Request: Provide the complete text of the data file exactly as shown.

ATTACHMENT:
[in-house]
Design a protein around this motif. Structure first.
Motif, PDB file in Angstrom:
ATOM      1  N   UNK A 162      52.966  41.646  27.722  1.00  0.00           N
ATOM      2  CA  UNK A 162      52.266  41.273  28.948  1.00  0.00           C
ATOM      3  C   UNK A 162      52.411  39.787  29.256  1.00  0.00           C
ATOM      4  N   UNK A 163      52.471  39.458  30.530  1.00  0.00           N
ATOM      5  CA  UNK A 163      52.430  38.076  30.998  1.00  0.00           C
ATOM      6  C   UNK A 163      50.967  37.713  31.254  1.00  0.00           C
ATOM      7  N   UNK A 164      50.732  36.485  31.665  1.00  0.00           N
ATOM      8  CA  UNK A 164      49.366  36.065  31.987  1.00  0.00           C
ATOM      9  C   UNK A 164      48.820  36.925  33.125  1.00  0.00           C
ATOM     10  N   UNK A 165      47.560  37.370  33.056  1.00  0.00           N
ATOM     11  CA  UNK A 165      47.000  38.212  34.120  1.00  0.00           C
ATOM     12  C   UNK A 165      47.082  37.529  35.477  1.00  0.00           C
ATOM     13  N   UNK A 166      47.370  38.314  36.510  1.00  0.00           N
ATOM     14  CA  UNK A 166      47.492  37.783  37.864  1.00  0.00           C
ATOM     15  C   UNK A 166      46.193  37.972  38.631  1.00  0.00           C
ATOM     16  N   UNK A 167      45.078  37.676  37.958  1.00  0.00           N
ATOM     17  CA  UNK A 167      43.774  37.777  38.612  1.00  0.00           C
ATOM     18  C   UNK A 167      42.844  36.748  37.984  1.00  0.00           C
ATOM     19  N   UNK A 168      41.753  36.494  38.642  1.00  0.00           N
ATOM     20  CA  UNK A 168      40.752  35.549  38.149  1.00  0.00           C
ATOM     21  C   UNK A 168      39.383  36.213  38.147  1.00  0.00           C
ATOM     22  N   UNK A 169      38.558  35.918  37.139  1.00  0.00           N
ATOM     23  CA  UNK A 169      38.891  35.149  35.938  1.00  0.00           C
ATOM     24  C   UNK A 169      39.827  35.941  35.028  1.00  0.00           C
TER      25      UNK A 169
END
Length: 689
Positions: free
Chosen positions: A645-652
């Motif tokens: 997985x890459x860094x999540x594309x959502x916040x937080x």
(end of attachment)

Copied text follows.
[in-house]
Design a protein around this motif. Structure first.
Motif, PDB file in Angstrom:
ATOM      1  N   UNK A 162      52.966  41.646  27.722  1.00  0.00           N
ATOM      2  CA  UNK A 162      52.266  41.273  28.948  1.00  0.00           C
ATOM      3  C   UNK A 162      52.411  39.787  29.256  1.00  0.00           C
ATOM      4  N   UNK A 163      52.471  39.458  30.530  1.00  0.00           N
ATOM      5  CA  UNK A 163      52.430  38.076  30.998  1.00  0.00           C
ATOM      6  C   UNK A 163      50.967  37.713  31.254  1.00  0.00           C
ATOM      7  N   UNK A 164      50.732  36.485  31.665  1.00  0.00           N
ATOM      8  CA  UNK A 164      49.366  36.065  31.987  1.00  0.00           C
ATOM      9  C   UNK A 164      48.820  36.925  33.125  1.00  0.00           C
ATOM     10  N   UNK A 165      47.560  37.370  33.056  1.00  0.00           N
ATOM     11  CA  UNK A 165      47.000  38.212  34.120  1.00  0.00           C
ATOM     12  C   UNK A 165      47.082  37.529  35.477  1.00  0.00           C
ATOM     13  N   UNK A 166      47.370  38.314  36.510  1.00  0.00           N
ATOM     14  CA  UNK A 166      47.492  37.783  37.864  1.00  0.00           C
ATOM     15  C   UNK A 166      46.193  37.972  38.631  1.00  0.00           C
ATOM     16  N   UNK A 167      45.078  37.676  37.958  1.00  0.00           N
ATOM     17  CA  UNK A 167      43.774  37.777  38.612  1.00  0.00           C
ATOM     18  C   UNK A 167      42.844  36.748  37.984  1.00  0.00           C
ATOM     19  N   UNK A 168      41.753  36.494  38.642  1.00  0.00           N
ATOM     20  CA  UNK A 168      40.752  35.549  38.149  1.00  0.00           C
ATOM     21  C   UNK A 168      39.383  36.213  38.147  1.00  0.00           C
ATOM     22  N   UNK A 169      38.558  35.918  37.139  1.00  0.00           N
ATOM     23  CA  UNK A 169      38.891  35.149  35.938  1.00  0.00           C
ATOM     24  C   UNK A 169      39.827  35.941  35.028  1.00  0.00           C
TER      25      UNK A 169
END
Length: 689
Positions: free
Chosen positions: A645-652
């Motif tokens: 997985x890459x860094x999540x594309x959502x916040x937080x």